With no cure in sight for mesothelioma, hope for patients rests in improving treatment.
“Is there a cure? No,” says Neil Schachter, MD, medical director of respiratory care and a professor of pulmonary medicine at the Mount Sinai Medical Center in New York City. “There are some promising avenues of research going on now, but mesothelioma is a terrible disease with a poor prognosis, though there are some brighter areas in the field.”
Bartolome R. Celli, MD, chief of pulmonary care at St. Elizabeth’s Medical Center in Boston, adds that early detection coupled with surgical intervention can extend patients’ lives. “Unfortunately, there is no real cure,” says Dr. Celli. “Some mesothelioma cases caught early can have extensive resection [surgical removal] of pleura [lung and chest lining] and lung with some survival benefit.”
Mesothelioma: The Types
There are different types of mesothelioma, but they are all treated the same way. Statistics differ, but in general, more than 2,000 people in the United States develop mesothelioma each year.
Malignant pleural mesothelioma is the most common type of mesothelioma. People with this disease generally do not survive a long time; five years after diagnosis, only about 10 percent are still alive.
Mesothelioma: Standard Treatments
Mesothelioma remains a challenging disease to treat. Standard mesothelioma treatment options depending on a patient’s age and health condition and include:
- Surgical removal of some of the chest or abdomen lining, and even a lung and part of the diaphragm
- Radiation targeting specific problem areas
- A combination of the three
Mesothelioma: Bright Spots
But there are some bright spots on the treatments landscape.
- Direct chemotherapy delivery. Researchers are investigating chemotherapy treatments that are delivered right into the malignant site. Typically, chemotherapy is given intravenously.
- New uses for older drugs. Newer mesothelioma treatments also include combinations of older drugs. “People are working on available treatments to see if they can be refined,” says Dr. Schachter.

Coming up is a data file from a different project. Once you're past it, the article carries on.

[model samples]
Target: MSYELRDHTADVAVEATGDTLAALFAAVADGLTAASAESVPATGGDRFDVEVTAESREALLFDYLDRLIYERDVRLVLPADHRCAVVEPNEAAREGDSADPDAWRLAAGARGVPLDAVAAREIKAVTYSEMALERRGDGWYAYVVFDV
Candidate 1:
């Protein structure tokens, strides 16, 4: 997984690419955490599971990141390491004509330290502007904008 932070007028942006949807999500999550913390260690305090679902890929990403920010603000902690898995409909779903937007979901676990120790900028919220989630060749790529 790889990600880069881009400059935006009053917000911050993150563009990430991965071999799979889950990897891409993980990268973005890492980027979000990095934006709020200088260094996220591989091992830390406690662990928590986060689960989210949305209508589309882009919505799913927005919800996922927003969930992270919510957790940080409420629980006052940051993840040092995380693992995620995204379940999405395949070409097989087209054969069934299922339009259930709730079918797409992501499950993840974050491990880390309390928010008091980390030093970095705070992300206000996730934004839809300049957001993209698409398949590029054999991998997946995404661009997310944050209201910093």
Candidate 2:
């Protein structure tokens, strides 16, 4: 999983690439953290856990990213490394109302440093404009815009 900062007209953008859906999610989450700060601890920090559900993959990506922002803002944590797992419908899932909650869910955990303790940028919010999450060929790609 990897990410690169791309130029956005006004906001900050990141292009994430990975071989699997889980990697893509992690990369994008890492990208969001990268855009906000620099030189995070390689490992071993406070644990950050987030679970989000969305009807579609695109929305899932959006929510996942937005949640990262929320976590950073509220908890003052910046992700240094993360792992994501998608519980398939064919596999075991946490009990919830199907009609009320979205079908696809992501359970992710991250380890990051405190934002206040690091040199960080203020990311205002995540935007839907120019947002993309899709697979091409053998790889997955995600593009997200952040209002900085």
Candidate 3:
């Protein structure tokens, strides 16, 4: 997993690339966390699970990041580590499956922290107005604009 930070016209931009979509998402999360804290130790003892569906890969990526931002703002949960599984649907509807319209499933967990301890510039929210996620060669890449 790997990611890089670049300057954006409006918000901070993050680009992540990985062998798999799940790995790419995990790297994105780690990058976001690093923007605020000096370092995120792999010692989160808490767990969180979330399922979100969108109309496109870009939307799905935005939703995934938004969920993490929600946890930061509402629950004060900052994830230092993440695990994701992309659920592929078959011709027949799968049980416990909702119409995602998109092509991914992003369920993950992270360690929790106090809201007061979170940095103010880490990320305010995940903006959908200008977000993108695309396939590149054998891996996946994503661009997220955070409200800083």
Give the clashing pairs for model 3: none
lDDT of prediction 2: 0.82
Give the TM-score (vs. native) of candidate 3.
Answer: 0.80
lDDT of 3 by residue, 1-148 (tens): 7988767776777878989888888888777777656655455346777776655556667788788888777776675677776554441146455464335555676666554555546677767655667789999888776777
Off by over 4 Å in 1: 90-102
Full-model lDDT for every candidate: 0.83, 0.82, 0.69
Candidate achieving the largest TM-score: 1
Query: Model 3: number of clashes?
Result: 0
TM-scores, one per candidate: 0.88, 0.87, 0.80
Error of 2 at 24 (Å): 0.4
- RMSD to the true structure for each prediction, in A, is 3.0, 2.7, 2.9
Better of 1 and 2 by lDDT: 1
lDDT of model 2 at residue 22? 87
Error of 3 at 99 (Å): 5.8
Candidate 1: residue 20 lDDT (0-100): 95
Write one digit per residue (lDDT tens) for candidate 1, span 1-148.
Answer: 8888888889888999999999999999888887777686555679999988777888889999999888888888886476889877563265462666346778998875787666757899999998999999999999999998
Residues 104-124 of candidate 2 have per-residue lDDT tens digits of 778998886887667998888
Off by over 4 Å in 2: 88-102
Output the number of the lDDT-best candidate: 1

- Neoadjuvant therapy. With this therapy, chemotherapy used to shrink a tumor is given before surgical treatment instead of afterward, which has been the norm.
- Anti-growth factors. These treatments are also designed to cause tumors to shrink, says Schachter. These are being tested in animal models and preliminarily in people to see how toxic they are, “but I don’t think we’re anywhere near being able to use [this treatment method] therapeutically.”
Biologic therapy or immunotherapy. Another type of treatment being tested is biologic therapy, which can refer to the introduction of a bacterial, viral, or blood product for the treatment of a disease. In mesothelioma, biologics are being used to stimulate a patient’s immune system to fight cancer. Other types of biologic treatment attempt to decrease blood flow to the tumor, starving the cancer of what it needs to grow larger and spread.
Mesothelioma: Theories and Reality
“There are also some theoretical things out there,” Schachter says. “For example, there’s a virus implicated in the disease. It doesn’t necessarily cause the disease, but if you could treat it in at-risk workers, then you might be able to prevent some of these tumors — that’s the theory.”
But at the moment, Schachter says, the only treatment plan that increases life expectancy is surgery first, with chemotherapy and radiation. However, this only applies to a small proportion of the patients diagnosed with mesothelioma, Schachter says. “You have to be strong to undergo that, and then you’re left with only one lung.”